I have been involved in teaching quantitative methods for a number of years, including teaching courses, offering workshops on basic and advanced statistical topics, and consulting on individual research projects.
I have taught a variety of topics, including:
- basic statistics (sampling, probability, etc.)
- linear regression
- regression models for categorical data
- generalized linear models
- mixed/multilevel models
- regression models for panel data
- causal reasoning
- propensity scores and “matching” methods
- missing data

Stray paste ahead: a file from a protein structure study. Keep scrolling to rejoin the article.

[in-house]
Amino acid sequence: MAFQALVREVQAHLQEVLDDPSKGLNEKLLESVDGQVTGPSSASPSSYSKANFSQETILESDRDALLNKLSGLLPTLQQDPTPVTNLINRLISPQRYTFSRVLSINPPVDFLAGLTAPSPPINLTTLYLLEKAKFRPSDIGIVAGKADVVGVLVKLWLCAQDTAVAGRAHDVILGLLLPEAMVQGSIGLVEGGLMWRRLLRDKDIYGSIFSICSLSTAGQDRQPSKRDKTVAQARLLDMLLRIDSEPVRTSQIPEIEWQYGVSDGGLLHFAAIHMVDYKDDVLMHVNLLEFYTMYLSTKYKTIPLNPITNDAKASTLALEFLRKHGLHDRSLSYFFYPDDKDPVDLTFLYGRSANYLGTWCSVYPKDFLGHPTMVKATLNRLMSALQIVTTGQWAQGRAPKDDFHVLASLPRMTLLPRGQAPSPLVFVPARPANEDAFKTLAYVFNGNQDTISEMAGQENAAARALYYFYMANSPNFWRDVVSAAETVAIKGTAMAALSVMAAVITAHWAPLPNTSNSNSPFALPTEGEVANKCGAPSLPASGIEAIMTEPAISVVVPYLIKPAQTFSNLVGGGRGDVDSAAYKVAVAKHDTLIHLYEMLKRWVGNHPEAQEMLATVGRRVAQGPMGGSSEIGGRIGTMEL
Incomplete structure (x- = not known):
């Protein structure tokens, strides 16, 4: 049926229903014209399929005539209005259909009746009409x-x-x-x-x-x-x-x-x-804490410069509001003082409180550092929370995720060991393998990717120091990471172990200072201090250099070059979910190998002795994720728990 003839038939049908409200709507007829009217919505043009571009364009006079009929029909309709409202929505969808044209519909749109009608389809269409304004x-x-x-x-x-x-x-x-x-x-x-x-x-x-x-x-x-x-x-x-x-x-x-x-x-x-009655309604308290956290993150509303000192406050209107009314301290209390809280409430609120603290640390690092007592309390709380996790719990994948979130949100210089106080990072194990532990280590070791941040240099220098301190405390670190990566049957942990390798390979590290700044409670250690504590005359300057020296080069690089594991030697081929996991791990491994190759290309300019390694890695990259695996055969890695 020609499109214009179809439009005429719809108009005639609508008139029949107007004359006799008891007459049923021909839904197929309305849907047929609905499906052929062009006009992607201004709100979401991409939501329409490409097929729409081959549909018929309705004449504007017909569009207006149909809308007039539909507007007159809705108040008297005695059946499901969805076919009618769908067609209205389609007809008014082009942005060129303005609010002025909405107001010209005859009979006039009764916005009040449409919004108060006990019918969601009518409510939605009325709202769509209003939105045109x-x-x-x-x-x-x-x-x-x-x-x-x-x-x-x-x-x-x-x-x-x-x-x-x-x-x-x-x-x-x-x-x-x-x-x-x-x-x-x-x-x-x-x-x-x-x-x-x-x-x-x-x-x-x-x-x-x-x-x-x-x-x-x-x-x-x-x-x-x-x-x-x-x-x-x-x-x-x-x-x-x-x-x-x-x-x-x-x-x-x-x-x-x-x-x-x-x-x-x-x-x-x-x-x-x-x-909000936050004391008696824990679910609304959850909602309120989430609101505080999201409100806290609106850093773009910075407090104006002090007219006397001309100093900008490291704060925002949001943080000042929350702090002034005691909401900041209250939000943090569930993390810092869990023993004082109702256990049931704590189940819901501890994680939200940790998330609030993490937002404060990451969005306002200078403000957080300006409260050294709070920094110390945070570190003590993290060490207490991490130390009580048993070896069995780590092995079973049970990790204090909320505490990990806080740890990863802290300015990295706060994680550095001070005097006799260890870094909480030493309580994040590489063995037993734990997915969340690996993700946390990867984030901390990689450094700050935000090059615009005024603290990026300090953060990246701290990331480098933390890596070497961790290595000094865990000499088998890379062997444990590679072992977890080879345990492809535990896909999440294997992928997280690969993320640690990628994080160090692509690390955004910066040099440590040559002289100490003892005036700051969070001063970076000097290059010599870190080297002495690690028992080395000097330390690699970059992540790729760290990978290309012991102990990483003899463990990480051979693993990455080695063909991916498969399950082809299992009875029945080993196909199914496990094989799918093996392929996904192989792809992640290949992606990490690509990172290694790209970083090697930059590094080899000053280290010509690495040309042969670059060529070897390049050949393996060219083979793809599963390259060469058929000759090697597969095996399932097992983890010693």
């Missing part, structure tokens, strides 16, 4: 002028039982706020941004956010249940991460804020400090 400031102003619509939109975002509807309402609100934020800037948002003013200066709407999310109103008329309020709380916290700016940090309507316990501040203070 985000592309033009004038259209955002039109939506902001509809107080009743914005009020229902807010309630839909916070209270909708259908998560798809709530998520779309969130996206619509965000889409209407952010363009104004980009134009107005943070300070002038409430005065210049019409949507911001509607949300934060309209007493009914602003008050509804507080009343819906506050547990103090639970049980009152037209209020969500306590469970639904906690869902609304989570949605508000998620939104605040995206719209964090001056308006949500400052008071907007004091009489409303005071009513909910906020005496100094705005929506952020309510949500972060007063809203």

Those interested in learning more about quantitative methods might be interested in the links I’ve posted on my Quantitative Resources page.
SOC222 - Measuring the Social World
SOC6302 - Statistics for Sociologists
My research interests in human behavior span disciplinary boundaries, but my teaching thus far has focused on sociological theories of human action, with attention given to classical perspectives, rational choice, identities, pragmatism, attitudes, values, and dual-process models. A recurring theme is the tension between individual and situational explanations of behavior.
SOC402 - Understanding Human Action